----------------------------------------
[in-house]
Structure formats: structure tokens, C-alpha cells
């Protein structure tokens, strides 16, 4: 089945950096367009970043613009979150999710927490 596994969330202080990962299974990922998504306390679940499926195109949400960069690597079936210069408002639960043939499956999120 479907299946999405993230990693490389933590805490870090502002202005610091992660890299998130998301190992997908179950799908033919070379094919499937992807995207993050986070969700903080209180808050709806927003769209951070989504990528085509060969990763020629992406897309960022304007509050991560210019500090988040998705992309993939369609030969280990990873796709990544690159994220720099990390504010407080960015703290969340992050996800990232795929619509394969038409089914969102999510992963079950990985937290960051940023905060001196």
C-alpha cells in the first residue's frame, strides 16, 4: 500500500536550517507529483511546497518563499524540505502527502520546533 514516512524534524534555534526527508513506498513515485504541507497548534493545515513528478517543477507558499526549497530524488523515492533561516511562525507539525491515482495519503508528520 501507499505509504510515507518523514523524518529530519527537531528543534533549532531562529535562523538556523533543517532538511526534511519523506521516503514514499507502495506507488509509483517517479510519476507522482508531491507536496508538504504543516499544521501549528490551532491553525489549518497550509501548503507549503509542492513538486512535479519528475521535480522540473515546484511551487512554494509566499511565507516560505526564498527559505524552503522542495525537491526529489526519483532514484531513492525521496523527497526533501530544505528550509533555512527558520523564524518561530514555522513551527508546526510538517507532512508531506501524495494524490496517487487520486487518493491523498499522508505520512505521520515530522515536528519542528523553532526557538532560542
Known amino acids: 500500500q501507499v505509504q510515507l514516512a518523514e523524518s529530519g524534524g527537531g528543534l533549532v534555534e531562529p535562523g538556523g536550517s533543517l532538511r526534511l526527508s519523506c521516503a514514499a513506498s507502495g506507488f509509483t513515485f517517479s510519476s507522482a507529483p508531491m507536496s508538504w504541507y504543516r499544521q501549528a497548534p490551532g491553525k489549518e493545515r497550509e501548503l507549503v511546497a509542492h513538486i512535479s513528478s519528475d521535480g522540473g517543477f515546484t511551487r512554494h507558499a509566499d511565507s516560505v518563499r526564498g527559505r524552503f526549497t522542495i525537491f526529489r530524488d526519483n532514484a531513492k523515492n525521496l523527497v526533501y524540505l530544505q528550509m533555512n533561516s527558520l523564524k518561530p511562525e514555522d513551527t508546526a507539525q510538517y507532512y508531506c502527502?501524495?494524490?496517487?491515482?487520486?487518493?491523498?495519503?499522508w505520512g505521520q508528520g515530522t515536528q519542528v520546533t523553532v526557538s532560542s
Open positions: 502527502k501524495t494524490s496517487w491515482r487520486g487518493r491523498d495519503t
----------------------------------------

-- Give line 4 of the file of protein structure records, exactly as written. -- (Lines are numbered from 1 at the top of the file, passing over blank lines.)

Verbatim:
C-alpha cells in the first residue's frame, strides 16, 4: 500500500536550517507529483511546497518563499524540505502527502520546533 514516512524534524534555534526527508513506498513515485504541507497548534493545515513528478517543477507558499526549497530524488523515492533561516511562525507539525491515482495519503508528520 501507499505509504510515507518523514523524518529530519527537531528543534533549532531562529535562523538556523533543517532538511526534511519523506521516503514514499507502495506507488509509483517517479510519476507522482508531491507536496508538504504543516499544521501549528490551532491553525489549518497550509501548503507549503509542492513538486512535479519528475521535480522540473515546484511551487512554494509566499511565507516560505526564498527559505524552503522542495525537491526529489526519483532514484531513492525521496523527497526533501530544505528550509533555512527558520523564524518561530514555522513551527508546526510538517507532512508531506501524495494524490496517487487520486487518493491523498499522508505520512505521520515530522515536528519542528523553532526557538532560542